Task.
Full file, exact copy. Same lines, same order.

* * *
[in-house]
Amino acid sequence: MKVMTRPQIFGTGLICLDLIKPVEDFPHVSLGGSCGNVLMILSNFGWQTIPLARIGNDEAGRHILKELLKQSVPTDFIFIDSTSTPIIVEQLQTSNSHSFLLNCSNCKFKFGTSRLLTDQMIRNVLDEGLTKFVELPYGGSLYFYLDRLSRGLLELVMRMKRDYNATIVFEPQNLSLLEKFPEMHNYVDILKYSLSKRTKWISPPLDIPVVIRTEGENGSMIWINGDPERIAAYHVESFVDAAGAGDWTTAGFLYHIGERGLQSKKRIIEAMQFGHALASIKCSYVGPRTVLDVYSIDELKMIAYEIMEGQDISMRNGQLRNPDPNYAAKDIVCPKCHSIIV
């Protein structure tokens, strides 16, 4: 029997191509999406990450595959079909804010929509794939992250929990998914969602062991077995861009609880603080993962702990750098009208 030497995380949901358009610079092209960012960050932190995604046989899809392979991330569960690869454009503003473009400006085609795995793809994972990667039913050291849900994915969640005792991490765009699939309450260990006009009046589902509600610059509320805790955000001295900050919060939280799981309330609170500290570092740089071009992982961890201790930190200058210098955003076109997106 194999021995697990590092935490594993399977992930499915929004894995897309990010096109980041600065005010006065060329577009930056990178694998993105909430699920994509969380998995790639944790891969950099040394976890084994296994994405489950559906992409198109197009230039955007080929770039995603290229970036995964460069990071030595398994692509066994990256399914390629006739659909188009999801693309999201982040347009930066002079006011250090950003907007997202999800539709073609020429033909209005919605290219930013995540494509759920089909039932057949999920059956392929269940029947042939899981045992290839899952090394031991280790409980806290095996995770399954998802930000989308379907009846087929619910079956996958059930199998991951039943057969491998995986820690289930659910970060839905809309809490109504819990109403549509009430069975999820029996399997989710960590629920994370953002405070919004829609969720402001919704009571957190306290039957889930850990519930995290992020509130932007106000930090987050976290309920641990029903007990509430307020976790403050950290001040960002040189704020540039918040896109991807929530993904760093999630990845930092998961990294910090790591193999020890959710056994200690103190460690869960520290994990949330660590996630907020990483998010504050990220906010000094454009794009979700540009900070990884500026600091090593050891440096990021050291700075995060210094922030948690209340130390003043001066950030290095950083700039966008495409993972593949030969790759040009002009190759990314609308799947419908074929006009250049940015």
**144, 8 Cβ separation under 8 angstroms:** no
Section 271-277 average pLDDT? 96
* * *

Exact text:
[in-house]
Amino acid sequence: MKVMTRPQIFGTGLICLDLIKPVEDFPHVSLGGSCGNVLMILSNFGWQTIPLARIGNDEAGRHILKELLKQSVPTDFIFIDSTSTPIIVEQLQTSNSHSFLLNCSNCKFKFGTSRLLTDQMIRNVLDEGLTKFVELPYGGSLYFYLDRLSRGLLELVMRMKRDYNATIVFEPQNLSLLEKFPEMHNYVDILKYSLSKRTKWISPPLDIPVVIRTEGENGSMIWINGDPERIAAYHVESFVDAAGAGDWTTAGFLYHIGERGLQSKKRIIEAMQFGHALASIKCSYVGPRTVLDVYSIDELKMIAYEIMEGQDISMRNGQLRNPDPNYAAKDIVCPKCHSIIV
């Protein structure tokens, strides 16, 4: 029997191509999406990450595959079909804010929509794939992250929990998914969602062991077995861009609880603080993962702990750098009208 030497995380949901358009610079092209960012960050932190995604046989899809392979991330569960690869454009503003473009400006085609795995793809994972990667039913050291849900994915969640005792991490765009699939309450260990006009009046589902509600610059509320805790955000001295900050919060939280799981309330609170500290570092740089071009992982961890201790930190200058210098955003076109997106 194999021995697990590092935490594993399977992930499915929004894995897309990010096109980041600065005010006065060329577009930056990178694998993105909430699920994509969380998995790639944790891969950099040394976890084994296994994405489950559906992409198109197009230039955007080929770039995603290229970036995964460069990071030595398994692509066994990256399914390629006739659909188009999801693309999201982040347009930066002079006011250090950003907007997202999800539709073609020429033909209005919605290219930013995540494509759920089909039932057949999920059956392929269940029947042939899981045992290839899952090394031991280790409980806290095996995770399954998802930000989308379907009846087929619910079956996958059930199998991951039943057969491998995986820690289930659910970060839905809309809490109504819990109403549509009430069975999820029996399997989710960590629920994370953002405070919004829609969720402001919704009571957190306290039957889930850990519930995290992020509130932007106000930090987050976290309920641990029903007990509430307020976790403050950290001040960002040189704020540039918040896109991807929530993904760093999630990845930092998961990294910090790591193999020890959710056994200690103190460690869960520290994990949330660590996630907020990483998010504050990220906010000094454009794009979700540009900070990884500026600091090593050891440096990021050291700075995060210094922030948690209340130390003043001066950030290095950083700039966008495409993972593949030969790759040009002009190759990314609308799947419908074929006009250049940015």
**144, 8 Cβ separation under 8 angstroms:** no
Section 271-277 average pLDDT? 96